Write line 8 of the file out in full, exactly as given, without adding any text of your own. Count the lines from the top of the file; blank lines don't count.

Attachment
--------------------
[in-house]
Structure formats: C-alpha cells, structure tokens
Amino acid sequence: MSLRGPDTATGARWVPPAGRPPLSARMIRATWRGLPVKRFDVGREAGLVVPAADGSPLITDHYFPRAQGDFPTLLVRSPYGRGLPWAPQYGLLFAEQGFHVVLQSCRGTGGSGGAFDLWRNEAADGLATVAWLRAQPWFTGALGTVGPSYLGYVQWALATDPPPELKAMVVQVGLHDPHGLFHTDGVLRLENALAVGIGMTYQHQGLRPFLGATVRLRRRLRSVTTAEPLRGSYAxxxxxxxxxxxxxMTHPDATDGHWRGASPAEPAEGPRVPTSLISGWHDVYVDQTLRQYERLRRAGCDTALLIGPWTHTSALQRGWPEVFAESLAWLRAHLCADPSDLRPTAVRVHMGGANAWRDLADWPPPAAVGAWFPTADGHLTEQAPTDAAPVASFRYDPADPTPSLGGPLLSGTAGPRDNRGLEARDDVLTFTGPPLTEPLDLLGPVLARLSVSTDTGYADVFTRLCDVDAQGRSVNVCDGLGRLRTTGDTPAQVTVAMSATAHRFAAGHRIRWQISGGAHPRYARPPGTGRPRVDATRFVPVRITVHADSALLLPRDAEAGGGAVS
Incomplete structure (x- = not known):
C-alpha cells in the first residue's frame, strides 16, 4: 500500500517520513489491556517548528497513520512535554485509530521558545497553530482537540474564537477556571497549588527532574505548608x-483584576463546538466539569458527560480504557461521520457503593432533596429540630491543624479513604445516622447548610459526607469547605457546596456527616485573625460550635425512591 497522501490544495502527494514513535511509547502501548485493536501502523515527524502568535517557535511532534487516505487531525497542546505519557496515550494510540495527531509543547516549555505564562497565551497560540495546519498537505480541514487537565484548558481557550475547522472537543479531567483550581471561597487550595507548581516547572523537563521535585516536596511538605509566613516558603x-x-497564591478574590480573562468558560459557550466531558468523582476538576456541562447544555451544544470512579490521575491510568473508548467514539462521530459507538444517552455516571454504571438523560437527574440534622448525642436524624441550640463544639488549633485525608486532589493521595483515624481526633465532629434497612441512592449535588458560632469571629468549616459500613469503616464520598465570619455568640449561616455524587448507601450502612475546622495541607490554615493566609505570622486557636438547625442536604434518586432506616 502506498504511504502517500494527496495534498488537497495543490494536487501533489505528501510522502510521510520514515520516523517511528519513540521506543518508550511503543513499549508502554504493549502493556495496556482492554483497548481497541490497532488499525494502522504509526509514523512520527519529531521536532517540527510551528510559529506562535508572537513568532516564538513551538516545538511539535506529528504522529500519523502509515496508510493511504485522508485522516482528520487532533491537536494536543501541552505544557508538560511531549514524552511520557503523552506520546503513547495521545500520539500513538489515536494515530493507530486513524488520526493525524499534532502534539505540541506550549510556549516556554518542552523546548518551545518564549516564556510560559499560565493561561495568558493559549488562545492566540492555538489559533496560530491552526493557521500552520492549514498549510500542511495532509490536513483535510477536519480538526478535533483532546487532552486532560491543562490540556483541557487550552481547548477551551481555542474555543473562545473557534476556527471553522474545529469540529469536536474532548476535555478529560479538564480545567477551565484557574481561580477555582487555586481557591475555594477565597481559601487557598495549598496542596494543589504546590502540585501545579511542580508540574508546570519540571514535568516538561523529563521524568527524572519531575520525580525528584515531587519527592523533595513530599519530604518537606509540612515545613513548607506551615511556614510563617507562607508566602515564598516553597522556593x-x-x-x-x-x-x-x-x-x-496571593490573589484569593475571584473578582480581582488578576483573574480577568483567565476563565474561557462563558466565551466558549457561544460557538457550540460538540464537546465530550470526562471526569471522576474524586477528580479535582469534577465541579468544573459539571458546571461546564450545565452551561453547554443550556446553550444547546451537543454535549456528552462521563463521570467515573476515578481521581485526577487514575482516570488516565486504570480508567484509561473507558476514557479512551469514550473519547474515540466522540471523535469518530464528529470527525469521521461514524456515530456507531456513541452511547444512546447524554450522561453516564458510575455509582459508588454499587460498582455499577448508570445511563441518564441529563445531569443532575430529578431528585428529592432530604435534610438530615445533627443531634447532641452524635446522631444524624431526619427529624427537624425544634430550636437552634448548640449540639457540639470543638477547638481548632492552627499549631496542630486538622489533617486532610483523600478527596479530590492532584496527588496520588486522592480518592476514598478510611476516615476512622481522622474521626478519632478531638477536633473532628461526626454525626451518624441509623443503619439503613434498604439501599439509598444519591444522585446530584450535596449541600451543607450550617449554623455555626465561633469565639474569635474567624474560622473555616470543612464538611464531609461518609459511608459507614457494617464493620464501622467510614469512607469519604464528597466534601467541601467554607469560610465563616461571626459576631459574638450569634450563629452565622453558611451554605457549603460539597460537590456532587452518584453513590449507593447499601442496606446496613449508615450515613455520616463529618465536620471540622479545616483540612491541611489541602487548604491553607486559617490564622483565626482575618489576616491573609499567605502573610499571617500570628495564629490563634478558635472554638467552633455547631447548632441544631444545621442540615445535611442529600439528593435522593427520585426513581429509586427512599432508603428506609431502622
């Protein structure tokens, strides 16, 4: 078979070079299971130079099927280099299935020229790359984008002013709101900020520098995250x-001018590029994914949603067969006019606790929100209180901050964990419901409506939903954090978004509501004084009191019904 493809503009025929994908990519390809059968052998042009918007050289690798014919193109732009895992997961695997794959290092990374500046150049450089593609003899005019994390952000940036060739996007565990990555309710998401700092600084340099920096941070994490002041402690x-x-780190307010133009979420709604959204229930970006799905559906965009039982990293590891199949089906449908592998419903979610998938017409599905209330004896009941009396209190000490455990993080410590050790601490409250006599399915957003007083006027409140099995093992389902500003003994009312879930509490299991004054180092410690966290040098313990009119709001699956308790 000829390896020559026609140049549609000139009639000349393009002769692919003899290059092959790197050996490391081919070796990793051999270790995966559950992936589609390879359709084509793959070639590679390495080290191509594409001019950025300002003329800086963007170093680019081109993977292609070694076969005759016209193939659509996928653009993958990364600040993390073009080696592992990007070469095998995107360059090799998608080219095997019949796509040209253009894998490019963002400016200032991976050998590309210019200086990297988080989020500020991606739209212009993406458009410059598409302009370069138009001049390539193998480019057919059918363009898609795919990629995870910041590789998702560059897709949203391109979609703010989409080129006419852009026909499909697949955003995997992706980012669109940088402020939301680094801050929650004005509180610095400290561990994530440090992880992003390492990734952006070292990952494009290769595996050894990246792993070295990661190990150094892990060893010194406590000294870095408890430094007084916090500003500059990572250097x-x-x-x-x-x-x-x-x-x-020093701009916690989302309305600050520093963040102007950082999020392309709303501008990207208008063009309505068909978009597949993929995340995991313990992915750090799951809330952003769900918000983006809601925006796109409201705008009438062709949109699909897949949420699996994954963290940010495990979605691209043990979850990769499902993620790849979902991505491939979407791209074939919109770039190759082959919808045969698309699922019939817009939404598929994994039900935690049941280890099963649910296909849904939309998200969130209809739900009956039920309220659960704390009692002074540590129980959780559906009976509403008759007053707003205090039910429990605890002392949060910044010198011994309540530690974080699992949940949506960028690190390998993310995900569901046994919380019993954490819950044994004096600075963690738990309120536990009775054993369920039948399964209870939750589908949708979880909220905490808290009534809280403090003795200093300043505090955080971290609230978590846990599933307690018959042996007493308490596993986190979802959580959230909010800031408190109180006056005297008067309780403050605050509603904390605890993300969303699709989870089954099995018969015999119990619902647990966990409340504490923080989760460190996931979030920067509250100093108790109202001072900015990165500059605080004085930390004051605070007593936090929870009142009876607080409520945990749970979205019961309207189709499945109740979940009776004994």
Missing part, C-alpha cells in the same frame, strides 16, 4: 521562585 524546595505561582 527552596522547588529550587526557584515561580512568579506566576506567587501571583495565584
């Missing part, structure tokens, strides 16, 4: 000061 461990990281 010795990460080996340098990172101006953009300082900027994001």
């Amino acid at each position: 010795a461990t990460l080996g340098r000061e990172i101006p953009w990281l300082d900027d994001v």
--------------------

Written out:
């Missing part, structure tokens, strides 16, 4: 000061 461990990281 010795990460080996340098990172101006953009300082900027994001």